Unlike traditional methods requiring cooling, this technology operates at low humidity without such constraints. The MOF-303 variant used in the latest project demonstrated a 30% increase in water-holding capacity compared to previous versions. The microwave-sized device, powered by solar panels, employs fans and heaters to facilitate the absorption and release of water within the MOF.

Yaghi’s startup, Water Harvesting Inc., is exploring devices capable of supplying 7-10 liters of water daily, with future aspirations for a refrigerator-sized unit producing 200-250 liters and village-scale harvesters yielding up to 20,000 liters per day. This innovative solution holds the potential to transform arid regions into water-sufficient areas and has garnered global interest for its ability to harness atmospheric water content effectively.

 

Project Details

MOFs can hold substantial amounts of water due to their porous structure. The technology has undergone testing in the Arizona and Mojave deserts, demonstrating the ability to harvest water even in environments with 7–20% relative humidity.

The initial prototype involved a plastic box-within-a-box setup, with the internal box containing the MOF opened to the air at night. Water is absorbed by the MOF and released during the day when the internal temperature rises.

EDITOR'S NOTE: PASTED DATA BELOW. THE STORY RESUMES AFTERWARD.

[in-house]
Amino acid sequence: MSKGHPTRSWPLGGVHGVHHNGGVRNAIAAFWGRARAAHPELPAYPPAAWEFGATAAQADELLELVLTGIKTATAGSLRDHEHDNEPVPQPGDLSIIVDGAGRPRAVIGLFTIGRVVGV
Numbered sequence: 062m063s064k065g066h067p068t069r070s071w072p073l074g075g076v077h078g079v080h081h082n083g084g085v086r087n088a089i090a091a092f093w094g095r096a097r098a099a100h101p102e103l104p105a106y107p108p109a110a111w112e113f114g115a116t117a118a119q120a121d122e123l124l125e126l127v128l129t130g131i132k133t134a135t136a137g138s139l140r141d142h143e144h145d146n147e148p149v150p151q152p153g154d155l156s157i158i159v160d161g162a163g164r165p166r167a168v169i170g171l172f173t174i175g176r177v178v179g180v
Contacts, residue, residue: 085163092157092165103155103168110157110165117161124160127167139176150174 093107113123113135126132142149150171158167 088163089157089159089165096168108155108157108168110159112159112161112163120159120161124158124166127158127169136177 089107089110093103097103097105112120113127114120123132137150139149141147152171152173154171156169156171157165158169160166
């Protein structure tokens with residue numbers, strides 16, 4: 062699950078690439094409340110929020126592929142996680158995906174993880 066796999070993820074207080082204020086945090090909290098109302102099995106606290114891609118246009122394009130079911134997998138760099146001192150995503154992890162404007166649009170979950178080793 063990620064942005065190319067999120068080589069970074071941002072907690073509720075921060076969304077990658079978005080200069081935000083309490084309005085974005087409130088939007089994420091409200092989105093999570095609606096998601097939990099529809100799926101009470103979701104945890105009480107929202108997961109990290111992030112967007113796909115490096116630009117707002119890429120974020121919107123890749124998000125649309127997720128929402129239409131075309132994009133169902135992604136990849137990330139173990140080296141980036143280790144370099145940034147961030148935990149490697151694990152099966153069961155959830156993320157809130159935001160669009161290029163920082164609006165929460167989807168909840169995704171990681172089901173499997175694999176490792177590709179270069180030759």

The system produced 200–300ml of water per kg of MOF, depending on humidity levels. To enhance efficiency, the design was refined with the addition of solar panels. These panels power small fans that circulate air inside the MOF, and when needed, heat the MOF to release water.

Case Study-Collect water from air-RIGID

 

This modification, along with the use of a battery, enables multiple cycles per hour, resulting in almost a tenfold increase in daily water collection per kilogram. The cooperative effect of MOFs allows for effective water capture, making the technology promising for addressing water scarcity in arid regions.

  1. Air Intake:
    • The system takes in ambient air from the surroundings. This air typically contains moisture, even in arid environments.
  2. Cooling Process:
    • The collected air is passed through a cooling system, where it undergoes a cooling process. This is often achieved by using a refrigeration cycle.
  3. Condensation:
    • As the air is cooled, its moisture content condenses into liquid water. This is similar to the process of dew forming on a cold surface.
  4. Water Collection:
    • The condensed water is then collected and can be directed into a storage tank or a purification system to ensure it meets the required safety and quality standards for drinking water.
  5. Heat Exchange:
    • The heat generated during the cooling process is usually expelled back into the environment, and the air is returned to its original temperature before being released.
  6. Renewable Energy Integration:
    • In Rainmaker’s case, the cooling system may be designed to be powered by renewable energy sources such as wind or solar energy, aligning with their commitment to sustainability.
  7. Capacity Control (Optional):
    • In more advanced systems, a capacity controller, as mentioned in your previous message, can be incorporated. This allows the cooling capacity to be adjusted based on the availability of steam or other factors, providing a more efficient and adaptable solution.
The device harvested water from the arid air of the Mojave Desert, California (Credit: Mathieu Prévot, UC Berkeley)
The device harvested water from the arid air of the Mojave Desert, California (Credit: Mathieu Prévot, UC Berkeley)

Reference: Document download

MOF303 for water harvest device